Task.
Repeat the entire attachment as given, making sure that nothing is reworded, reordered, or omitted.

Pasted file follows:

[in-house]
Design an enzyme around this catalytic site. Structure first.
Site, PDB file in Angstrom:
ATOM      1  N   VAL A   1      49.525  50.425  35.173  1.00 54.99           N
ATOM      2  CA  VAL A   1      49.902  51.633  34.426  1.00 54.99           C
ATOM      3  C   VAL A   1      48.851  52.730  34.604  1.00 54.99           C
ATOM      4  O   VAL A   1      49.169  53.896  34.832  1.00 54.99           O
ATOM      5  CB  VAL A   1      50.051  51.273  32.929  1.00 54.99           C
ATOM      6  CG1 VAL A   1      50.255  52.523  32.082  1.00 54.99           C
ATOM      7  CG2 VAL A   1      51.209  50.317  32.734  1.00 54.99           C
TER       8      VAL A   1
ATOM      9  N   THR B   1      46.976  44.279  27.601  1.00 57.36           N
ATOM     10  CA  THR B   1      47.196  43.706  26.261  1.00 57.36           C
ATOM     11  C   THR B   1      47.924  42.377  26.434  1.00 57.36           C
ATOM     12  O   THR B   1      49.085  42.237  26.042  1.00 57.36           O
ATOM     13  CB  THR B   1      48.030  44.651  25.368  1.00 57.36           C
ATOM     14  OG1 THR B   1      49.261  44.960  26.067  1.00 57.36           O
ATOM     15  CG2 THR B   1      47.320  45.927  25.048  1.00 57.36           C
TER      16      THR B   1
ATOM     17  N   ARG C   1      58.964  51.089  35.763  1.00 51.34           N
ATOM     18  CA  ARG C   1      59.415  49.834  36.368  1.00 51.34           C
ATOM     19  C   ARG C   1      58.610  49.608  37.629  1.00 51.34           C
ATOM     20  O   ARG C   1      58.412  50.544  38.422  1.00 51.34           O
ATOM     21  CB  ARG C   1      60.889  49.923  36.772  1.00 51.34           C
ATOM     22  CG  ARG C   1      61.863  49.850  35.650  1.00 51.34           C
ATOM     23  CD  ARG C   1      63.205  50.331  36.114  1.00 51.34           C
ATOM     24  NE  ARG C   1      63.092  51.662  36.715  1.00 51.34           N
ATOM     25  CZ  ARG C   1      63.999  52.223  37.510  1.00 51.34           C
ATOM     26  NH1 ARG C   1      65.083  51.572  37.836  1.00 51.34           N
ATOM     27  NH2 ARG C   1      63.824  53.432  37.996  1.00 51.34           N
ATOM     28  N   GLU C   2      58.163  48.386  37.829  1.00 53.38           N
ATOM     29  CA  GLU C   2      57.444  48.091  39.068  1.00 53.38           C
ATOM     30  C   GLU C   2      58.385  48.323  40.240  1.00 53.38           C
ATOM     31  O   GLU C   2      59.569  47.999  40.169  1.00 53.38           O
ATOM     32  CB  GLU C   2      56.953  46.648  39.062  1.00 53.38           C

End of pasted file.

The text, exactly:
[in-house]
Design an enzyme around this catalytic site. Structure first.
Site, PDB file in Angstrom:
ATOM      1  N   VAL A   1      49.525  50.425  35.173  1.00 54.99           N
ATOM      2  CA  VAL A   1      49.902  51.633  34.426  1.00 54.99           C
ATOM      3  C   VAL A   1      48.851  52.730  34.604  1.00 54.99           C
ATOM      4  O   VAL A   1      49.169  53.896  34.832  1.00 54.99           O
ATOM      5  CB  VAL A   1      50.051  51.273  32.929  1.00 54.99           C
ATOM      6  CG1 VAL A   1      50.255  52.523  32.082  1.00 54.99           C
ATOM      7  CG2 VAL A   1      51.209  50.317  32.734  1.00 54.99           C
TER       8      VAL A   1
ATOM      9  N   THR B   1      46.976  44.279  27.601  1.00 57.36           N
ATOM     10  CA  THR B   1      47.196  43.706  26.261  1.00 57.36           C
ATOM     11  C   THR B   1      47.924  42.377  26.434  1.00 57.36           C
ATOM     12  O   THR B   1      49.085  42.237  26.042  1.00 57.36           O
ATOM     13  CB  THR B   1      48.030  44.651  25.368  1.00 57.36           C
ATOM     14  OG1 THR B   1      49.261  44.960  26.067  1.00 57.36           O
ATOM     15  CG2 THR B   1      47.320  45.927  25.048  1.00 57.36           C
TER      16      THR B   1
ATOM     17  N   ARG C   1      58.964  51.089  35.763  1.00 51.34           N
ATOM     18  CA  ARG C   1      59.415  49.834  36.368  1.00 51.34           C
ATOM     19  C   ARG C   1      58.610  49.608  37.629  1.00 51.34           C
ATOM     20  O   ARG C   1      58.412  50.544  38.422  1.00 51.34           O
ATOM     21  CB  ARG C   1      60.889  49.923  36.772  1.00 51.34           C
ATOM     22  CG  ARG C   1      61.863  49.850  35.650  1.00 51.34           C
ATOM     23  CD  ARG C   1      63.205  50.331  36.114  1.00 51.34           C
ATOM     24  NE  ARG C   1      63.092  51.662  36.715  1.00 51.34           N
ATOM     25  CZ  ARG C   1      63.999  52.223  37.510  1.00 51.34           C
ATOM     26  NH1 ARG C   1      65.083  51.572  37.836  1.00 51.34           N
ATOM     27  NH2 ARG C   1      63.824  53.432  37.996  1.00 51.34           N
ATOM     28  N   GLU C   2      58.163  48.386  37.829  1.00 53.38           N
ATOM     29  CA  GLU C   2      57.444  48.091  39.068  1.00 53.38           C
ATOM     30  C   GLU C   2      58.385  48.323  40.240  1.00 53.38           C
ATOM     31  O   GLU C   2      59.569  47.999  40.169  1.00 53.38           O
ATOM     32  CB  GLU C   2      56.953  46.648  39.062  1.00 53.38           C